I love a good ghost story. I really do. No part of me can watch slasher films and enjoy them. I don't care for reckless murder as entertainment, but a good piece of mythology gets me all excited. It can be campy or pop art, it doesn't matter. I'll get just as excited watching the Paranormal Activity movie as I will reading Lovecraft. It's that spooky fun that gets your eyes wider and makes you curl up in a sweater under a covers and quiver a little.
The paranormal has always been pretty normal for me, meaning my interest in it - not my experiences. I have had one truly horrifying experience and that is talked about more in the vlog post below, but first I want to talk about the scary stories you think of when October turns rainy and the mind wanders.
So, I don't have any creepy stories of growing up, I just always remember a love for folklore and mythology. Both my elementary school and public school libraries had decent occult sections and I remember a book called "How to find a ghost" a children's guide to paranormal investigation that fascinated and terrified me. It had cartoons and charts in it for drawing chalk lines around chair legs and such, but what intrigued me was the authors frankness for what I considered extraordinary. So I remember that book, and the infamous "Scary Stories to Tell in the Dark" series. Watching "Are You Afraid of the Dark?" on Snick and memorizing the first segment of Poe's The Raven. This makes me sound like Wednesday Adams but I was more of a little hobbit, always in the woods. Always going on small adventures. Always around dogs.
It's late and I'm not sure what the point of this post is besides the observation that rainy days heading towards colder weather make me crave a good tale, and they remind me how much I always craved it. I feel lucky to have grown up in my own version of Sunnydale, with great reference and just enough small town superstition to make this month a little magic. In the video I say I don't celebrate Halloween, but that doesn't mean I don't savor the 31st. Samhain is a big deal and matters very much. There's a special dinner here with friends, and it is beautiful. It's an important day for sure but you won't find rubber masks, fake blood, slutty costumes or tombstone-shaped cookies on a platter while The Monster Mash plays. Samhain is a different vibe, more of a harvest festival mixed with a wake, but special. And while I don't expect ghosts to show (nor will I be tracing chair legs), there's a little spark of my childhood reading habits that makes me believe they could. I'm okay with some whimsy in my life, even if I'm hiding under the covers when it happens.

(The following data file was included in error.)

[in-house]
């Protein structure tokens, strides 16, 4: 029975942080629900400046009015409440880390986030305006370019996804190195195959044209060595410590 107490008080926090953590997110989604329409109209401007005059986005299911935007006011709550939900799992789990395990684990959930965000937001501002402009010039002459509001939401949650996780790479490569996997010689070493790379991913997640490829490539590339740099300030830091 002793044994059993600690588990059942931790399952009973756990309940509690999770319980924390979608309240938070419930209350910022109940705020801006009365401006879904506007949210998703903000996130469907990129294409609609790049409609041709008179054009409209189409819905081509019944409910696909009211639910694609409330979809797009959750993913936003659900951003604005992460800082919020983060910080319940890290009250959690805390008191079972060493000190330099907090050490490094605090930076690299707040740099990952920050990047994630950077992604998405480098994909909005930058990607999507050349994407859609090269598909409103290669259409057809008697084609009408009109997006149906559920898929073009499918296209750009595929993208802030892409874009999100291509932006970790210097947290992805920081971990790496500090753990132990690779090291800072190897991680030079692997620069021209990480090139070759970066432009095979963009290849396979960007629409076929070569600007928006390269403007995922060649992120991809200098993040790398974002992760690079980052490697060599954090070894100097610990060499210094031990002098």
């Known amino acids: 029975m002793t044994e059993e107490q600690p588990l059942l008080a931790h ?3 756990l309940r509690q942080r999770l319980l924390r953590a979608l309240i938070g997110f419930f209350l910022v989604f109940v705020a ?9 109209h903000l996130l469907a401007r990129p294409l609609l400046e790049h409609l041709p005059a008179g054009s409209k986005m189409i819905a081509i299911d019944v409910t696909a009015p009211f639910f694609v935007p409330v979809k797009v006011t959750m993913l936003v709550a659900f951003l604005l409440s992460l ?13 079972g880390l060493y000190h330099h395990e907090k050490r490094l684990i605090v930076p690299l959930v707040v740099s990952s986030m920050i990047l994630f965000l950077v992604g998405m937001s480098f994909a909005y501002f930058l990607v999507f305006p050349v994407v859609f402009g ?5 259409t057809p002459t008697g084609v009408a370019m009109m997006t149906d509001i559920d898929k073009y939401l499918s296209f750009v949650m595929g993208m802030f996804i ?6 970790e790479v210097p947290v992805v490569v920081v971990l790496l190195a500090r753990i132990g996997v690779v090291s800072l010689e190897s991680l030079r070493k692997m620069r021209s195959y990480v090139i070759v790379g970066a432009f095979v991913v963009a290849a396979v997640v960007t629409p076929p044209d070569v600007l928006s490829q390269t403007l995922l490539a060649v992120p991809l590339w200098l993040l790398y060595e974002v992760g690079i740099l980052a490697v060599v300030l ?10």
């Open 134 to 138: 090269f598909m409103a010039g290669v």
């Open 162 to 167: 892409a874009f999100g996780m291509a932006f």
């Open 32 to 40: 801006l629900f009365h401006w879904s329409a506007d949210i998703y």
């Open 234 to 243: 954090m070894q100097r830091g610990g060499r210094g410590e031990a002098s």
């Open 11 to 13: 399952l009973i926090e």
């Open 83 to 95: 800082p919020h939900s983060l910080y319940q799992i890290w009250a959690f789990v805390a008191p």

So here is a story about ghosts on this farm. And I hope you enjoyed your rainy days, wherever they take you!
P.S. If you like stories of the unusual, there are some great podcasts out there. My favorite of all time is the now debunked, Hometown Tales. That podcast is still available to download and tells urban legends and folklore from all over the world. Gene and Bryan, of New Jersey, do an amazing job and I can't recommend them enough. The new Jessica Chobot show (of Nerdist News) is called Bizarre States and I enjoy it a lot as well.